Our previous post, "Empirical Evidence for the Value of Version Control", generated a lot of comments. Many sought to explain why version control is helpful, but that's not what we were looking for: we were looking for empirical evidence that it is. To see why we need it, take a look at this response from Jordi Cabot . In it, he says:
Quite regularly, I get questions about what empirical evidence supports my "belief" that models are good... Until now, I used to point to the (true, few) scientific empirical studies on the effectiveness of software modeling...but now I have an even anser to give you: "Empirical Evidence of the Value of Version Control". No, I haven't lost my mind. The point of this link is to show you that there's no proof that version control is better for software development, and yet, I don't think any of you would argue against it. Same for modeling and model-driven engineering. It would be great to have more proof but the absence of proof alone should not be used against it unless you want to start also abandoning other unproven things like version control.
He's right: if we're willing to accept that version control is valuable, without proof, then we can hardly require advocates of modeling to prove their case. Or advocates of functional programming, or literate programming, or Hungarian notation. Heck, if we don't require proof for our claims, then we're honor-bound to accept that Perl is "intuitive" because its grammar has as many special cases and contradictions as the grammars of natural languages, aren't we? Or that learning Befunge makes you a better programmer (seriously, I've heard that claim too).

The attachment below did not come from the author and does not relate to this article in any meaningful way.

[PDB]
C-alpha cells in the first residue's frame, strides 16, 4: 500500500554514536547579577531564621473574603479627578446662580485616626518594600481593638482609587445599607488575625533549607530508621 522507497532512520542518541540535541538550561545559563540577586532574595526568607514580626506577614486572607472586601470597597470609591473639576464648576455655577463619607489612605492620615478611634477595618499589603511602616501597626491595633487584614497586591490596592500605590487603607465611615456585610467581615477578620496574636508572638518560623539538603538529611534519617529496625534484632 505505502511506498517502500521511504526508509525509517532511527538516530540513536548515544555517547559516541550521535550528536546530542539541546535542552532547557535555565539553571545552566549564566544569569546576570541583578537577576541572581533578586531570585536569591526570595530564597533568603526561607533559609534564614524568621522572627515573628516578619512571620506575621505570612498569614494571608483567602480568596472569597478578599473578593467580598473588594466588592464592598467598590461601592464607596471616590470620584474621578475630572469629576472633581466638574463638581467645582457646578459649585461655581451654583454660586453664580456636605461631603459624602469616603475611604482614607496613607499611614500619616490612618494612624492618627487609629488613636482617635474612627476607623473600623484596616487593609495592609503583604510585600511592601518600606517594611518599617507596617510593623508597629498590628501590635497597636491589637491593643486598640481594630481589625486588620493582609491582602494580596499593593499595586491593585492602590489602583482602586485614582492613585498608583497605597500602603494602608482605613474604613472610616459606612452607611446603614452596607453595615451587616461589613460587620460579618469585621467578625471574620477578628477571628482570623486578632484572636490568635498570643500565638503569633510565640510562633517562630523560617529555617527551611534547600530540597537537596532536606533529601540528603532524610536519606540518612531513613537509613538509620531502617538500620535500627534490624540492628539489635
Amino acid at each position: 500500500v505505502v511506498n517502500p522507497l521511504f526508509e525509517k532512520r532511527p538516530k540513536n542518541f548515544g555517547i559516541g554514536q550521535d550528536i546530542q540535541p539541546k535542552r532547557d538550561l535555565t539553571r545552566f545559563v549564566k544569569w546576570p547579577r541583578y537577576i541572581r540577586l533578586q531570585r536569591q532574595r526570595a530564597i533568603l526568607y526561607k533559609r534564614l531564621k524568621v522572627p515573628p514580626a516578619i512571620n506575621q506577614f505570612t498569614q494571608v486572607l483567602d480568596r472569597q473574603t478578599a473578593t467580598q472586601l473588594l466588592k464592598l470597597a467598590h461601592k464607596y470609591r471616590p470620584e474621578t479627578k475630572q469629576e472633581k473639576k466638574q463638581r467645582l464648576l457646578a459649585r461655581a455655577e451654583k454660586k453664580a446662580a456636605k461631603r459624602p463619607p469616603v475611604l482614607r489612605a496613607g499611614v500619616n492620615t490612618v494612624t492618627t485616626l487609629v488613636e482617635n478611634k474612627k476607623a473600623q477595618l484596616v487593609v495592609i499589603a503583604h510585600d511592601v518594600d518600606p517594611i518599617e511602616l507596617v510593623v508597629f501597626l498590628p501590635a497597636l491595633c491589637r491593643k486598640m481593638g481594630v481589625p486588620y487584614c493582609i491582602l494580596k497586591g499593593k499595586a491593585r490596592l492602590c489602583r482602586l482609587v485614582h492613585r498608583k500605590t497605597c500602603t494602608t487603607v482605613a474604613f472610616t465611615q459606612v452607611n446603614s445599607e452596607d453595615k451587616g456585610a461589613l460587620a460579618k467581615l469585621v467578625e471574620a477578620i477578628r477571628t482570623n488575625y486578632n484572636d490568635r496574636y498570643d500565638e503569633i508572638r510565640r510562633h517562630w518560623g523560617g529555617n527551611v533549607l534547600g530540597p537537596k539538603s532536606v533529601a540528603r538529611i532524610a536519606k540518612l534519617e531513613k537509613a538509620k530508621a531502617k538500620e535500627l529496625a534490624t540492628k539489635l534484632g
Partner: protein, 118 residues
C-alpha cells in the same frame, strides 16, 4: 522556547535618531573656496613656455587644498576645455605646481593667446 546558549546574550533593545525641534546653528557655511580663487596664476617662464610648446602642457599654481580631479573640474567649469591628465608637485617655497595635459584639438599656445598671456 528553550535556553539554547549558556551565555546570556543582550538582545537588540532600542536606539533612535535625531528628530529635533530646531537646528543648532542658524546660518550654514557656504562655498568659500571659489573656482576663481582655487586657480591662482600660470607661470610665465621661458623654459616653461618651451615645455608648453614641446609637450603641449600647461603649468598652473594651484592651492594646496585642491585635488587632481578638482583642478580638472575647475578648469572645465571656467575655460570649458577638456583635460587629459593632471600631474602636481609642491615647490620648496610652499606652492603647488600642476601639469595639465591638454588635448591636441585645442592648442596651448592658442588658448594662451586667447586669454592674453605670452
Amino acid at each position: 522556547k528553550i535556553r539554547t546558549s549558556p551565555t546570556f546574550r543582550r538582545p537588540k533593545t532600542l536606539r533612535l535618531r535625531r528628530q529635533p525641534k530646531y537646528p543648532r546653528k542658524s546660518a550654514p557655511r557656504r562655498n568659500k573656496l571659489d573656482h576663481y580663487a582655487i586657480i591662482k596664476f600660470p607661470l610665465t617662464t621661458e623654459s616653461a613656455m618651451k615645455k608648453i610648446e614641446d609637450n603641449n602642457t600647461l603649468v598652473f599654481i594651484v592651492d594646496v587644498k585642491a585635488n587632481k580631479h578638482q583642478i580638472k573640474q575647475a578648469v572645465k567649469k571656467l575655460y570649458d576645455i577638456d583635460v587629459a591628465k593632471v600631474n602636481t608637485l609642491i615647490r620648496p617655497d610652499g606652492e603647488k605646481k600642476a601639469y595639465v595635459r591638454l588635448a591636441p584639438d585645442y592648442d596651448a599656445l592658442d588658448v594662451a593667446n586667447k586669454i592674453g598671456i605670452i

At some point, the statement, "If we don't need to prove the value of version control, we don't need to prove the value of X" becomes absurd. However, everyone's threshold of absurdity is different. I personally don't think that modeling adds value for most developers in most situations—I think that if it did, or if its benefits really were as significant as its advocates claim, more developers would have adopted it by now—but I don't know. What I do know is, if we can't demonstrate the value of something that most of us believe in, like version control, what chance do we have of telling whether other practices, like modeling and test-driven development, are worth adopting (or rather, when they're worth adopting and by whom, since I doubt there's a one-size-fits-all answer)?
So here are my requests:
- Tell us what kind of study would convince you that using Befunge didn't make programmers more productive.
- Then tell us what kind of study would convince you that version control didn't either.
If your answer to the second question is is, "Nothing ever could," then version control is an article of faith for you, and there's no point arguing further . If your answer to the second is different from your answer to the first, please tell us why.
 Full disclosure: Jordi and I co-authored a study of web-based software project portals. And either way, we hope you have a happy and productive 2013.
 This request is inspired by Karl Popper's notion of falsifiability: a claim is only scientific if there is some way to prove it wrong.
Originally posted at Never Work in Theory.